Why size is just a label for a personal shopper

Published on: June 30, 2015
Size is just a label for a personal shopper - rail of hangers
A Personal Shopper Looks Beyond the Label!

I have lots of clothes in my wardrobe. None of them have a size label! How come? I cut them out of course! To me, sizing labels are just a guide to allow me (and any personal shopper) work my way through a rail for a customer. Although I am a size 10-12, clothes I own vary in size from a 6 – 18 depending on the shop, the style, the trend and what I want that item to do for me!

This is one of those valuable lessons I learnt once I really began to understand my body and the bits I wanted to show off and the bits I didn’t!

Size is just a label for a personal shopper - rail of hangers

Our body shapes are all unique and high street retailers are also unique. Uniquely bad at finding a common way to make it easier for shoppers to find commonality with their sizing guidelines. There is no such thing as size uniformity when browsing through shops. It is one of the first lessons I teach in my personal stylists in training. Identifying your clients needs, asking questions about lengths, shapes and understanding what ‘you’ or your client wants from your clothes means sizing is one of those things that should guide but never lead your decision making process when shopping.

The difference from a size 8 in Zara to Marks and Spencer’s for example can be up to 3 inches around the waist! This leads many women I am have met to become stuck in a complete shopping rut, always going back to that same shop for fear of what a label might allude too if they veer off track.

Shopping was never intended to frighten, belittle or dishearten, yet somehow that is what high street labelling is inadvertently doing to shoppers.

Take this simple example, if you hold your weight on your hips and bum, you don’t want to create too much fuss or create too many lines around this area. You need to look at things like clever ways to draw the eye upwards by opting for higher waisted skirts and trousers for example. You also need to opt for a little bit more fabric, width or length on top so although you may be a size 12, perhaps a 14 would do a better job for your shape?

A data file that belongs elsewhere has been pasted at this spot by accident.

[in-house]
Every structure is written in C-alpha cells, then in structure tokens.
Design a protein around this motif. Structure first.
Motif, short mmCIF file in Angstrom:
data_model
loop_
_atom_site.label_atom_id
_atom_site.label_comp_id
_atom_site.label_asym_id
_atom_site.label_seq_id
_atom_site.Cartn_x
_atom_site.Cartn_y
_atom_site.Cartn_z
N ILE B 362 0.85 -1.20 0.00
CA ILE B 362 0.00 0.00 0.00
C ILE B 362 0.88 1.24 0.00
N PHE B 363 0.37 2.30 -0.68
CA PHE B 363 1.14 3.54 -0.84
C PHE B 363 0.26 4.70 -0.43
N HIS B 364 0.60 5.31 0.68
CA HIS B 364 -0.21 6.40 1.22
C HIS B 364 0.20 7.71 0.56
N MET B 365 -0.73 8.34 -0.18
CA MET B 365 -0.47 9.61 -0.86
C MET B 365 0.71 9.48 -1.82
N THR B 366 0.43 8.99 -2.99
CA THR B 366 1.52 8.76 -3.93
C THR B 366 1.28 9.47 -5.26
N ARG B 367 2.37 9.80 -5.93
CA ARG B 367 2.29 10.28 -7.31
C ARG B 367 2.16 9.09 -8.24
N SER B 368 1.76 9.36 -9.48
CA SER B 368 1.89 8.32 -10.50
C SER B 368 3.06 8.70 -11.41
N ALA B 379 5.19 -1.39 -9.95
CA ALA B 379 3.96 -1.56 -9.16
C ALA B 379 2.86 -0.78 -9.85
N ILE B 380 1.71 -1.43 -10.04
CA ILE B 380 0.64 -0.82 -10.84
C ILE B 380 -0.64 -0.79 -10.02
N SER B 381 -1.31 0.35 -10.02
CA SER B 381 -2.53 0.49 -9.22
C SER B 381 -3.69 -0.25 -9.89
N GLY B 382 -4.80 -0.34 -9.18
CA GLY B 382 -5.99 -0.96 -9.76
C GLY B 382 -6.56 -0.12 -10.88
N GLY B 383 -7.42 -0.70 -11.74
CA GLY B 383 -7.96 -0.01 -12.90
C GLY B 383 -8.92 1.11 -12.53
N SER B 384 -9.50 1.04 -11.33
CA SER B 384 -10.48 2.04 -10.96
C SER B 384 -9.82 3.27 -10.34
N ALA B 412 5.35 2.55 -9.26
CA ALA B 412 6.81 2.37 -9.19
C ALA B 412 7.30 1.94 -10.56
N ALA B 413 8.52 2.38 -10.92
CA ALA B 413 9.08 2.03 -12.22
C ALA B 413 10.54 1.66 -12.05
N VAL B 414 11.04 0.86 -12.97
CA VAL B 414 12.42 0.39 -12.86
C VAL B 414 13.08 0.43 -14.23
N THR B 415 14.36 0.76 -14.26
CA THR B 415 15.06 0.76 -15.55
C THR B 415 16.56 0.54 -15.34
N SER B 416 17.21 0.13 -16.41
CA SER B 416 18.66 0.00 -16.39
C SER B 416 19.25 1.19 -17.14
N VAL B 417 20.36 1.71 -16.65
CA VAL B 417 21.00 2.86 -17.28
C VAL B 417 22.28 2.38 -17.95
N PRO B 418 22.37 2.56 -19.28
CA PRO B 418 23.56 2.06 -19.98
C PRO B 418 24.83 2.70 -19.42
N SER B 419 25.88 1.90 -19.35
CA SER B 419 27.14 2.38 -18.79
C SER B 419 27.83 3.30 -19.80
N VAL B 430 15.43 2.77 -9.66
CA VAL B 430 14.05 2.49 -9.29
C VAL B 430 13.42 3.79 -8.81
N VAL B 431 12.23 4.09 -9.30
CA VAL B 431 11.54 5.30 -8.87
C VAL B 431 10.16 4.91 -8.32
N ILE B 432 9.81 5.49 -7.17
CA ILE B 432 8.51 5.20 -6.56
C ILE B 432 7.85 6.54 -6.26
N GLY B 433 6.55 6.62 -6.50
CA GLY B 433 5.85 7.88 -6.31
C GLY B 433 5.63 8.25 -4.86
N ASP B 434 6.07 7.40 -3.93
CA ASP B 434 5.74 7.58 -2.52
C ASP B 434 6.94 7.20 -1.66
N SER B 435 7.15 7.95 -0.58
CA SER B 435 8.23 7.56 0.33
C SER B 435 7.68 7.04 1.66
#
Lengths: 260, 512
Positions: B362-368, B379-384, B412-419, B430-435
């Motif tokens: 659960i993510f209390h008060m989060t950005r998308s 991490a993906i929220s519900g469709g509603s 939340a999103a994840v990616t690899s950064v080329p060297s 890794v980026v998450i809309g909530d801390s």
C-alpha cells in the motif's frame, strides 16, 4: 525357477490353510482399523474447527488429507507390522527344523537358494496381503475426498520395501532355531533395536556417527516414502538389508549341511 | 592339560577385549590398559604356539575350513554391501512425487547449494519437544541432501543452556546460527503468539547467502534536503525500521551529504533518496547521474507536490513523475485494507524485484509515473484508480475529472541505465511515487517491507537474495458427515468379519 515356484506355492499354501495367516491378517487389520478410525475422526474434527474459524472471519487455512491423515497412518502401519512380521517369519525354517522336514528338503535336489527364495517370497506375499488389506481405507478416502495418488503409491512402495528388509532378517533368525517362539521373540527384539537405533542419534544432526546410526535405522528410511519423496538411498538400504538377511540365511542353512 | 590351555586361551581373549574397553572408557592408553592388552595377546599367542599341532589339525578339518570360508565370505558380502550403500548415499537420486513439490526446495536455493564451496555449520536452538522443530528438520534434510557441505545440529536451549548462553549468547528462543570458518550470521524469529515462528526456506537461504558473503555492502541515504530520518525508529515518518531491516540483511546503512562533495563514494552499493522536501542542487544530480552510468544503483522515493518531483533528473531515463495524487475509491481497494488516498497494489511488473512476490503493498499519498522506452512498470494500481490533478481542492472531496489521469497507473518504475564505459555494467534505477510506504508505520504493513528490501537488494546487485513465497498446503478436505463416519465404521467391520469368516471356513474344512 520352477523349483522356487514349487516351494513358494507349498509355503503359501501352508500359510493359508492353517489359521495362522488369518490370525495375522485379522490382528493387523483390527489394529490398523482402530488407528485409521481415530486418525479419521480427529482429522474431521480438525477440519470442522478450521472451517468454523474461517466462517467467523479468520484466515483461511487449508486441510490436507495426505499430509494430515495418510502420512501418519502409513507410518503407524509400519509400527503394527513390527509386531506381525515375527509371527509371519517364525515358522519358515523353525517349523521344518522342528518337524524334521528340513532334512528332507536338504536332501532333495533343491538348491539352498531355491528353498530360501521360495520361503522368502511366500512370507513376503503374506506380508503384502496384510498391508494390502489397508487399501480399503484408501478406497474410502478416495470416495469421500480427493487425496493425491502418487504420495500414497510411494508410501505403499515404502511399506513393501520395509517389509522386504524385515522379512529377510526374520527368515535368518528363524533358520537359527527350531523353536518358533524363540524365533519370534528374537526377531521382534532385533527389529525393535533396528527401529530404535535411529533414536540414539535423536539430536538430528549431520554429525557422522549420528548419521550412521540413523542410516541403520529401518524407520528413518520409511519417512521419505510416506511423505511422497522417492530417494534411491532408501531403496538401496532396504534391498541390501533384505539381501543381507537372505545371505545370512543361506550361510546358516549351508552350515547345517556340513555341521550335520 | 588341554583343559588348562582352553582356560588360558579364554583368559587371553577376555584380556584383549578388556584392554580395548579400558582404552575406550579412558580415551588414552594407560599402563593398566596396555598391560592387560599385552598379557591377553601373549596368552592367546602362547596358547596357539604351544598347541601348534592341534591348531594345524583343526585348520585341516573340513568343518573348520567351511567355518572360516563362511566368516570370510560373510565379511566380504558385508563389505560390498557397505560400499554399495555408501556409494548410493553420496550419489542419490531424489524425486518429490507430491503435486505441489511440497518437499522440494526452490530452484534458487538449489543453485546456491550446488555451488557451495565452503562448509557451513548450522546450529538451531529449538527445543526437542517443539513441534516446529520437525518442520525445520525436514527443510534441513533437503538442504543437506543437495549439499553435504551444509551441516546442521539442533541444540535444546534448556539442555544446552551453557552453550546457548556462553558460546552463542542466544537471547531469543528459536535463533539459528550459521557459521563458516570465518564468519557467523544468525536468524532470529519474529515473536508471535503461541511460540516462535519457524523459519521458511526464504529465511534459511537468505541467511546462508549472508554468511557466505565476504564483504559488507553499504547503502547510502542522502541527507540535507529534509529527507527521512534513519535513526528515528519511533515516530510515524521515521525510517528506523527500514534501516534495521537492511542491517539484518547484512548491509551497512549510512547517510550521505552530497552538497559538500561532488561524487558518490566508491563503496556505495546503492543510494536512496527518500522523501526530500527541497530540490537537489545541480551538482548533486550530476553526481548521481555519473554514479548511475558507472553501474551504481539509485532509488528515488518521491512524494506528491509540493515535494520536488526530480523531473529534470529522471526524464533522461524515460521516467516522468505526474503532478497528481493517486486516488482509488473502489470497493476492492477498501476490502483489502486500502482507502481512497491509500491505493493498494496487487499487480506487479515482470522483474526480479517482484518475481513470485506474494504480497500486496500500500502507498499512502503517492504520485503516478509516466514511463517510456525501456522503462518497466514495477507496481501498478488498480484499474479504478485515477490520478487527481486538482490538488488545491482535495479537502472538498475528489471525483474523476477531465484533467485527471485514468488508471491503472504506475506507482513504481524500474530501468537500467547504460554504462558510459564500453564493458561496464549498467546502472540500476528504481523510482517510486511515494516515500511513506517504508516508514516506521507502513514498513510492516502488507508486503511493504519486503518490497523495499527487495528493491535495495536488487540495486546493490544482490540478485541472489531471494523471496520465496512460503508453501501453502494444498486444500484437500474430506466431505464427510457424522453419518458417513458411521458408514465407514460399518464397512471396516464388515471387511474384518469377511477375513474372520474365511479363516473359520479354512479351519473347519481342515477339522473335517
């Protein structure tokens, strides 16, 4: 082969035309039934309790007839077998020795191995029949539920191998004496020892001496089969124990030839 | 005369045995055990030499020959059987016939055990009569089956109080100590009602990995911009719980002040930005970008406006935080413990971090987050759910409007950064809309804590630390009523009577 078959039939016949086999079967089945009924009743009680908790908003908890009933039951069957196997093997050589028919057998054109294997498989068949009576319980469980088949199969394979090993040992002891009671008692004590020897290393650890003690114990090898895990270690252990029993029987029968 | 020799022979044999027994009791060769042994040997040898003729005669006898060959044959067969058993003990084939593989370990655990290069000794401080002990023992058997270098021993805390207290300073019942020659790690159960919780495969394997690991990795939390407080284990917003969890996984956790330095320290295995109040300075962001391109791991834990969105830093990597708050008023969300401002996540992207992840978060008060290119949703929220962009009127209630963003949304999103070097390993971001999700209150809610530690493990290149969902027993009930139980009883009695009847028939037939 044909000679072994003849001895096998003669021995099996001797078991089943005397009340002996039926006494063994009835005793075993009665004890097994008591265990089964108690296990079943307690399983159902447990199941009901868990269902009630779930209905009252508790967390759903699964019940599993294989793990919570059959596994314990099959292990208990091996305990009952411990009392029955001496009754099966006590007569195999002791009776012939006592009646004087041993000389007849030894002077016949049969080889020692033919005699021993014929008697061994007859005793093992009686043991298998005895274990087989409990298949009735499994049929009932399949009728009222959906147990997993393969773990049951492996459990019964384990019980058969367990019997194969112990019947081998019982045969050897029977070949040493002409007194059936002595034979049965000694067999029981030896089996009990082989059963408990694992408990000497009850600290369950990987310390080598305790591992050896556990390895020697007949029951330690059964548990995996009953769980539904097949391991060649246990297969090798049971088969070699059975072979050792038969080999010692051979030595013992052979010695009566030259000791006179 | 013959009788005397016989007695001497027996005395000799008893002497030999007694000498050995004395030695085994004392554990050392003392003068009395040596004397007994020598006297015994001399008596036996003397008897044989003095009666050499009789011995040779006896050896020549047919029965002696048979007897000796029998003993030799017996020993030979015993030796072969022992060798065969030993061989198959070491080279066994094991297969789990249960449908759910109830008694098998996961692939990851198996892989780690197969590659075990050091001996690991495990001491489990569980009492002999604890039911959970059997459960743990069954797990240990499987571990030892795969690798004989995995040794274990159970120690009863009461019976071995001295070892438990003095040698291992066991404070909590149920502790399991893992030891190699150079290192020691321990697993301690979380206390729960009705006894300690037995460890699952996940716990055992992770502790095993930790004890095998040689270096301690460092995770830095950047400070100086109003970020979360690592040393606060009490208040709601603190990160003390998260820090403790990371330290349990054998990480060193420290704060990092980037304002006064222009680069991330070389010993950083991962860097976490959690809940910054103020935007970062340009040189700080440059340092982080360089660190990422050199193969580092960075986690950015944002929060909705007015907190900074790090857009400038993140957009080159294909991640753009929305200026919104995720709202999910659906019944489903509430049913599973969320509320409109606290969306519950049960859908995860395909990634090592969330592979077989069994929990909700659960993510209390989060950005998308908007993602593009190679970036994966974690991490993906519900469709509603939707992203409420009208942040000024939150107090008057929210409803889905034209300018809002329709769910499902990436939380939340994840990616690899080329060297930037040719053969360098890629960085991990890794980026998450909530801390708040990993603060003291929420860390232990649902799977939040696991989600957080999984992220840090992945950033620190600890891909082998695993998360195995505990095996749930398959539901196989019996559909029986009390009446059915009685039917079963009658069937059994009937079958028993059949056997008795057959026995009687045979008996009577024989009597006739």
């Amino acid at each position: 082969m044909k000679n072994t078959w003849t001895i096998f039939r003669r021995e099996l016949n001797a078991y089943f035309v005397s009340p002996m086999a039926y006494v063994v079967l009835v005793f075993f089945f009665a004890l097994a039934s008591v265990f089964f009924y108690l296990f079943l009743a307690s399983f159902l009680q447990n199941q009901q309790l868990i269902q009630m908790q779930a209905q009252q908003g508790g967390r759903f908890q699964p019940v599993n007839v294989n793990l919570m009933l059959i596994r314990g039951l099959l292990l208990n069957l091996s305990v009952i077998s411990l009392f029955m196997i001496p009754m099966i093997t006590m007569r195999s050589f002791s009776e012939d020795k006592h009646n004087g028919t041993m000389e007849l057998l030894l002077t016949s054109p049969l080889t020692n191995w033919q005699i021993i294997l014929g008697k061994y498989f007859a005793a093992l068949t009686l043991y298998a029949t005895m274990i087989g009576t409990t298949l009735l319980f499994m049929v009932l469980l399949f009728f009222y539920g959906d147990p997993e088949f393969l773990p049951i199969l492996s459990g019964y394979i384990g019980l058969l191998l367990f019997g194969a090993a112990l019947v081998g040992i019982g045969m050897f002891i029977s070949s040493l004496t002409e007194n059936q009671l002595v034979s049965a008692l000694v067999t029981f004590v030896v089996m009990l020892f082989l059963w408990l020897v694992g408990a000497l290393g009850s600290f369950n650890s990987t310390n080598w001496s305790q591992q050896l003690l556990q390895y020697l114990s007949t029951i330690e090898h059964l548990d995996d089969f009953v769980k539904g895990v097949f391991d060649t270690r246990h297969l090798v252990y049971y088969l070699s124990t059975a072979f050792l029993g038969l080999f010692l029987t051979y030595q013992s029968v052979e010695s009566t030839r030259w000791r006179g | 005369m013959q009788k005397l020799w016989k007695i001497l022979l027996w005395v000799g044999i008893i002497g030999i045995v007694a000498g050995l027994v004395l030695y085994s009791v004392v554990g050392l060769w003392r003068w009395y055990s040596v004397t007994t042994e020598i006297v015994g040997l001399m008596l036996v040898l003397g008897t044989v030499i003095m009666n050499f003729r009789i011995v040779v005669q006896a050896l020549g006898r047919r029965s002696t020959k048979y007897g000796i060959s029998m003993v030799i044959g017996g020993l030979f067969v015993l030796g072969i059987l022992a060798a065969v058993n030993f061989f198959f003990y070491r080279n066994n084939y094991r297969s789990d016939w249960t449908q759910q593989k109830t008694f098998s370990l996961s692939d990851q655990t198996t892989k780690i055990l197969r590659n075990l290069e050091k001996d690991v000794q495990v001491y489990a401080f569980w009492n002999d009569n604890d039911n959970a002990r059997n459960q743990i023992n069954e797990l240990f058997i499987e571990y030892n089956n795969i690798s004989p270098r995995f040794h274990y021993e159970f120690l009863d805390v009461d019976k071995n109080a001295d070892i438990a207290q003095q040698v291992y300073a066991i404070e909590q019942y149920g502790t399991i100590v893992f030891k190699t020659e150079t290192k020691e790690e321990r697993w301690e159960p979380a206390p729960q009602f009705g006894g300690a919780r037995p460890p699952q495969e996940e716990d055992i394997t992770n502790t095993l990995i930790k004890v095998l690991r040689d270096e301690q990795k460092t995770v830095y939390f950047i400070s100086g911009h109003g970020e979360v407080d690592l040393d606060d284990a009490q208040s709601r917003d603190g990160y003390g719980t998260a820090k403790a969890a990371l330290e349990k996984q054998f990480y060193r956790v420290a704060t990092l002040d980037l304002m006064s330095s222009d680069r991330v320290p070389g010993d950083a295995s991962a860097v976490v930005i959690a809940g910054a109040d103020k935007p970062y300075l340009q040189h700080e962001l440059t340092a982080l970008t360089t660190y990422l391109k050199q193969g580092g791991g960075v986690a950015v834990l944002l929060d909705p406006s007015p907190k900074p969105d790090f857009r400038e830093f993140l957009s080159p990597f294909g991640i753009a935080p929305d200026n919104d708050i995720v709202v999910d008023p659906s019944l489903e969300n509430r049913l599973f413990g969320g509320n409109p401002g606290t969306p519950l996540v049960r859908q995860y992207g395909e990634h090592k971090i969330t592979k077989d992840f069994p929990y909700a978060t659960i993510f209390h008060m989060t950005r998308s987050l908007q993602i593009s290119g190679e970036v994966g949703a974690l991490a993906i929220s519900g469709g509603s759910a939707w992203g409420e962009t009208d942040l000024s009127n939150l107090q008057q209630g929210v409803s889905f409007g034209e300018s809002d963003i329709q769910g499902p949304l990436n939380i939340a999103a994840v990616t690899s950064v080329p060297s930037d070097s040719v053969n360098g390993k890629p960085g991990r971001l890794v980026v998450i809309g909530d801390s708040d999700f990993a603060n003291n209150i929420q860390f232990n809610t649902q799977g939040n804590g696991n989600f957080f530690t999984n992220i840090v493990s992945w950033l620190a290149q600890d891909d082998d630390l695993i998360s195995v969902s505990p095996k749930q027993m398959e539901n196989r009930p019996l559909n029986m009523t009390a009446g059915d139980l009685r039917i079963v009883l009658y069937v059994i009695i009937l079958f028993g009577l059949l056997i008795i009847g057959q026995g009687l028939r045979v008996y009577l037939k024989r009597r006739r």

Below I am wearing wearhouse skinny jeans (size 12); cream top from M&S (size 14); grey jumper H&M (size 8) and pink coat from Littlewoods (size 10).

Size is just a label for a personal shopper - my outfit example

Here are some of my top tips.

1. If you are a personal shopper or indeed on a shopping spree yourself, bring two/ three different sizes into the fitting room. One up and one down from the size you think you are. Really examine the fit and go for the one that makes you look and feel best regardless of the label.

2. Think of a size label as a very vague guide to a kind of approximation of how large or small a garment is. That’s it. It has no value, particularly nothing to do with what kind of person you are! Whatever you do, don’t put your life, or finding and creating your personal style, on hold until you are a certain size!

3. So often women tell me that they’d like to see a personal shopper for a consultation, but feel that it is not the right time to spend the money on themselves as they are the wrong size in their own eyes and so deny themselves the valuable information they would gain, which is size irrelevant!

4. Check out this great blog post and software on this website. You can enter your specific bust, waist and hip measurements and it will give you ‘your’ size according to each (or most) high street sizing guide. This is a fun and definitely useful tool to try out!

5. Take a leaf from my book and once you buy, whether it is a size 8 or 18, cut the label out and get on with feeling great  in the clothes you buy!


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